22% - I’m concerned his wealth prevents him from connecting with average Americans.
78% - His wealth came from business experience, something America needs right now.
0% - Undecided
Of course, it’s not shocking to learn that the two presidential candidates are resorting to negative ads against their opponents. It’s not for nothing that politics, it has been said, “ain’t bean bag,” or is a “blood sport.”
Of course, notwithstanding the 1804 duel in which VP Aaron Burr killed Secretary of Treasury, Alexander Hamilton, that last reference has been metaphorical.
Another thing we’ve learned about negative ads is that they seem to work. What does that say about us? Merely an electoral proclivity, or an indictment of our society?
One of the negative strategies the Obama campaign has been using is to take shots at Mitt Romney’s wealth. The angle of attack is that such a wealthy person cannot connect with the workaday lives of the majority of Americans.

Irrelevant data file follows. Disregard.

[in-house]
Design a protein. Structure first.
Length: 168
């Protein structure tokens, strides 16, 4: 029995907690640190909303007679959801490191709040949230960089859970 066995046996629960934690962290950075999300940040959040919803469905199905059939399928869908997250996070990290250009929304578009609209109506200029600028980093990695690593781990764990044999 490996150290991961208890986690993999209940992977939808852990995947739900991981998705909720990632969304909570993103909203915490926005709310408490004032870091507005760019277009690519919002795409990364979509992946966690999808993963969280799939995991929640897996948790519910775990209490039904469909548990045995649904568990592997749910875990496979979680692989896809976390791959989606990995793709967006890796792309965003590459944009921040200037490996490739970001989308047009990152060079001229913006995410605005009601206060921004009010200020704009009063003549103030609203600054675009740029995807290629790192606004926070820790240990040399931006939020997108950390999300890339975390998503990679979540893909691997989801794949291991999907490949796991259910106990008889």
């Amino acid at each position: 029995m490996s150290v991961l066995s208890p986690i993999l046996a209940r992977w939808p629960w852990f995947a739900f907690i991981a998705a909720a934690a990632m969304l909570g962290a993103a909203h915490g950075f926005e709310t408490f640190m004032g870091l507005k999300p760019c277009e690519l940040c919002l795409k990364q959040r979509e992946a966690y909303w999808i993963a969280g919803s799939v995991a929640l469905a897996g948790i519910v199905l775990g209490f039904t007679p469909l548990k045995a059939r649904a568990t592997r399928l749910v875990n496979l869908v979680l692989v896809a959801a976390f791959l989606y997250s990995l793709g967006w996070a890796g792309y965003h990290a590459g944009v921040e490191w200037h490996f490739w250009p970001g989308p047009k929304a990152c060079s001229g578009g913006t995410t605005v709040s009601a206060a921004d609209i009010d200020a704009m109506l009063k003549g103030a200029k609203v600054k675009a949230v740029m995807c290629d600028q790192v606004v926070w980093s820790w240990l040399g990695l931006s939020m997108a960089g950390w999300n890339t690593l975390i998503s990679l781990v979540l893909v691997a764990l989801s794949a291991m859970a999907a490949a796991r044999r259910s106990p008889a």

We wanted to know how our audience felt about Mitt Romney’s financial situation, so last week we asked this question: “How do you feel about the fact that presidential candidate, Mitt Romney, is very wealthy?” Here’s what you told us.
Just more than one-fifth of our sample said, “I’m concerned his wealth prevents him from connecting with average Americans. All the rest, 78%, allowed that Mitt Romney’s wealth, ” … came from business experience, something America needs right now.” Perhaps the most telling response was that no one was “Undecided.”
Of course, in America, especially in 2012, a campaign strategy attacking financial success might not have the desired response by the middle class and lower economic strata. This year, perhaps more than any in recent memory, that proverbial remark by a working class stiff, “No poor man ever gave me a job,” might be what more of us are thinking, rather than “he doesn’t connect with me”
Based on our poll, this seems to be true of small business owners.